Five Favorite Mystery Films
Like so many film fans, I love a mystery. I enjoy trying to pick out the culprit or solving the puzzle presented before it gets revealed at the end. And the more suspense, the better! Below are five of my mystery favorites listed in chronological order.
LAURA (1944). How many times have I watched this classic black-and-white who-done-it? I’ve lost count! Each viewing presents more things to admire. Directed by Otto Preminger and adapted from a novel by Vera Caspary, Laura boasts a splendid cast, witty dialogue and excruciating suspense. It also won – and deserved -- Best Oscar for Black-and-White Cinematography.
Dana Andrews plays a police detective trying to find out who killed Laura, a beautiful woman portrayed by stunning Gene Tierney. And complicating the case is that this veteran detective has fallen for the victim. He even sits in her apartment and looks longingly at Laura’s portrait when he’s not interrogating the chief suspects played by Clifton Webb and Vincent Price.
Webb fits perfectly in the role of a cultured and selfish writer who loves Laura in a “My Fair Lady” way, and Price matches that performance by making his gigolo character who wants to marry Laura almost sympathetic at times. All this is happening while in the background we hear the movie’s haunting “Laura” theme by David Raskin. When a doozy of a surprise happens in this special motion picture, be prepared to gasp out loud. It’s that great!
VERTIGO (1958). Whenever someone asks me to name my favorite films the answer changes a bit depending on my mood. But Vertigo always makes it to the top five. I never get tired of watching Jimmy Stewart’s riveting obsession with Kim Novak’s character in Hitchcock’s haunting psychological mystery thriller about an acrophobic police detective who falls in love with two women. When the first one gets killed, he becomes obsessed with turning the second woman, a lookalike, into a carbon copy of his first love. Or could she be the same woman?
This is one of the most hypnotic mysteries I’ve ever seen. No matter how many times I watch Vertigo, Jimmy Stewart always makes me believe his character is truly under the control of a powerful feeling that the beautiful woman he loved can be resurrected if he makes a lookalike change her hair color and style, wear the same kind of clothes his loved one wore, and so forth. Watching Stewart and Novak interact as this transformation unfolds is a fascinating, suspenseful and poignant pleasure for movie buffs like me. Their marvelous performances are etched in my mind.
CHARADE (1963). Audrey Hepburn and Cary Grant use their star power to give us an amusing Spring/December romance in Stanley Donen’s Charade. This intriguing mystery makes us try to figure out why a group of creepy men are after a woman who has just lost her husband. It also keeps us guessing about Cary Grant’s real identity.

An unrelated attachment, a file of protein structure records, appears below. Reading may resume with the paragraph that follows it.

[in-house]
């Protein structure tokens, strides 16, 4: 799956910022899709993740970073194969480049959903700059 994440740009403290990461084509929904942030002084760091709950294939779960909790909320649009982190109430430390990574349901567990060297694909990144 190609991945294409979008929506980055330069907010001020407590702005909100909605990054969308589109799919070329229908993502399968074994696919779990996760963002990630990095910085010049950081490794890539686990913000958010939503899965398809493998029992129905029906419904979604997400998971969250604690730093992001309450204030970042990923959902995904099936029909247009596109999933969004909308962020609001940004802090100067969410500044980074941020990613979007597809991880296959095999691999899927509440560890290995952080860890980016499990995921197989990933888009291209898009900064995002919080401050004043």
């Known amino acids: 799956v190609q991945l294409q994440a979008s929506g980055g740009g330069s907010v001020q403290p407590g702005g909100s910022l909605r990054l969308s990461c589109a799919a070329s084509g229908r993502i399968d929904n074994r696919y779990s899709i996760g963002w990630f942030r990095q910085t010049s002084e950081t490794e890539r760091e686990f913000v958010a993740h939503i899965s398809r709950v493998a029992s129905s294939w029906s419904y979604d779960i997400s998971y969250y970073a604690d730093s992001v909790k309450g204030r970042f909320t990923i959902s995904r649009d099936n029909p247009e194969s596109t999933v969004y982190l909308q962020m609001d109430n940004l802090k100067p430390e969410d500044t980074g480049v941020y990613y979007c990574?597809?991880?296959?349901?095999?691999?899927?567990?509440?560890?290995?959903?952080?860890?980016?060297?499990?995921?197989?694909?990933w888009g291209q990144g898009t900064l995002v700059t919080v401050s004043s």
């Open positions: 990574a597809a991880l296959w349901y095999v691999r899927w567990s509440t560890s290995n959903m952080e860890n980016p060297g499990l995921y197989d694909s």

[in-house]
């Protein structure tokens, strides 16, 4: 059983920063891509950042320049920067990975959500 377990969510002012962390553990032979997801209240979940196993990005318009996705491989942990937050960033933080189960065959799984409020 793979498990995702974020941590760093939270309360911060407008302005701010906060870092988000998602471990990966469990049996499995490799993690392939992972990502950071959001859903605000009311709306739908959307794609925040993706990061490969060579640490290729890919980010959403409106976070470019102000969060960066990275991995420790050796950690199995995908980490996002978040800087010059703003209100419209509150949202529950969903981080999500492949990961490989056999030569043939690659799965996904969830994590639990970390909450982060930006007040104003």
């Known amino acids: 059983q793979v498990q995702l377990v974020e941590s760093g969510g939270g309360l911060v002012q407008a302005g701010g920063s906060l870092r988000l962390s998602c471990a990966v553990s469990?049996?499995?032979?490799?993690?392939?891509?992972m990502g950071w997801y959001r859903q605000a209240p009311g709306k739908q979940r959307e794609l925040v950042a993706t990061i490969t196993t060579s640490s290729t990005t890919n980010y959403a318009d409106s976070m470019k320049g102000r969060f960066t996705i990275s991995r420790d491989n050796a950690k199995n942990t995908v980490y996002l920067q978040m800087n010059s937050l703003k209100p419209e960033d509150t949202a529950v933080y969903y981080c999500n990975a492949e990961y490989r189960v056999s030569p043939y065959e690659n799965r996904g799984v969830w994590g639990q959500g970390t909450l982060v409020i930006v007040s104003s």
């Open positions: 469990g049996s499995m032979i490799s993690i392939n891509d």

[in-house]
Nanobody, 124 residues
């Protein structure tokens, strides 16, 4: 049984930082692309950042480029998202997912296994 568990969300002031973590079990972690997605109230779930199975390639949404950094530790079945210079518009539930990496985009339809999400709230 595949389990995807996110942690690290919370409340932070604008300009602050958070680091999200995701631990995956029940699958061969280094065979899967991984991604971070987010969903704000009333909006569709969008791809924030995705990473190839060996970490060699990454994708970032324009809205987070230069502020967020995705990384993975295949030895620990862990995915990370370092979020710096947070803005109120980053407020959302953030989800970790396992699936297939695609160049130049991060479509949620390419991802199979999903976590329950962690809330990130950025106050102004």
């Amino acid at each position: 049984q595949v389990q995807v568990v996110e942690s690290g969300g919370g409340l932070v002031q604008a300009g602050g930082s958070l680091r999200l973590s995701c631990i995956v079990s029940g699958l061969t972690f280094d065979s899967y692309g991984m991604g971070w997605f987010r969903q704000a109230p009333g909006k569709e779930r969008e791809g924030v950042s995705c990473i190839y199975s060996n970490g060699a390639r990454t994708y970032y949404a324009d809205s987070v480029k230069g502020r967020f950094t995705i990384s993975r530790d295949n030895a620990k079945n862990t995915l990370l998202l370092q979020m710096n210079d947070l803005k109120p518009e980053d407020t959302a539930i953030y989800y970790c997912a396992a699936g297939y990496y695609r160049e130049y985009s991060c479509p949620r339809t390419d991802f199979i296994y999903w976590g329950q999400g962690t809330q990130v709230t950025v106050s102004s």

Like Laura, the movie’s theme song (this one by Henry Mancini) adds an emotional tone to what’s happening on screen. There’s enough action, suspense, humor, and on-again/off-again romantic scenes to hold our interest from beginning to end. Oh yes, I have to mention it takes place in cinematic Paris, and Audrey Hepburn’s gorgeous attire adds to the film’s visual appeal.
THE BONE COLLECTOR (1999). Directed by Philip Noyce and based on Jeffery Deaver’s best-selling novel, The Bone Collector, is a mystery thriller in which performances overshadow puzzles. Leading lady Angelina Jolie portrays a reluctant rookie cop chosen by Denzel Washington’s quadriplegic character to assist him in catching a brutal serial killer. Neither actor has to worry about lack of physical movement here. They both express volumes through facial expressions and vocal inflections. Washington’s mere glance sideways at a bird perched on his window sill or upward at the falling rain telegraphs his pain and frustration.
When Jolie’s character says to Washington, “How pathetic to use your condition to push me around,” her bitterness couldn’t be more clear if she stomped through the room. As respect and affection develop between these two kindred spirits, I couldn’t help caring about each of them. And that makes the evil they encounter even more frightening.
KNIVES OUT (2019). This entertaining film written and directed by Rian Johnson, includes almost everything I like to see in a mystery film. It takes place in an old Gothic mansion, exudes an atmosphere of suspense, drops a lot of clues, introduces fascinating suspects, adds a bit of humor, and kept me guessing right up to the end. I believe Agatha Christie would enjoy Knives Out.
Johnson has given the movie a modern feel by dealing with characters from a mega-wealthy family who think they are entitled to inherit the fortune of their father, a famous mystery novelist. When his fortune is bequeathed to someone else, all hell breaks loose. Johnson picked an excellent cast to bring his story to life on screen, starting with Daniel Craig as a celebrity detective hired to solve the mystery of the patriarch’s death. Plus, Ana de Armas delivers a strong performance as the caring nurse who becomes the detective’s helper. They make a very watchable duo. Complicated and fun to watch, Knives Out made it to my 2019 Top Ten Movies list.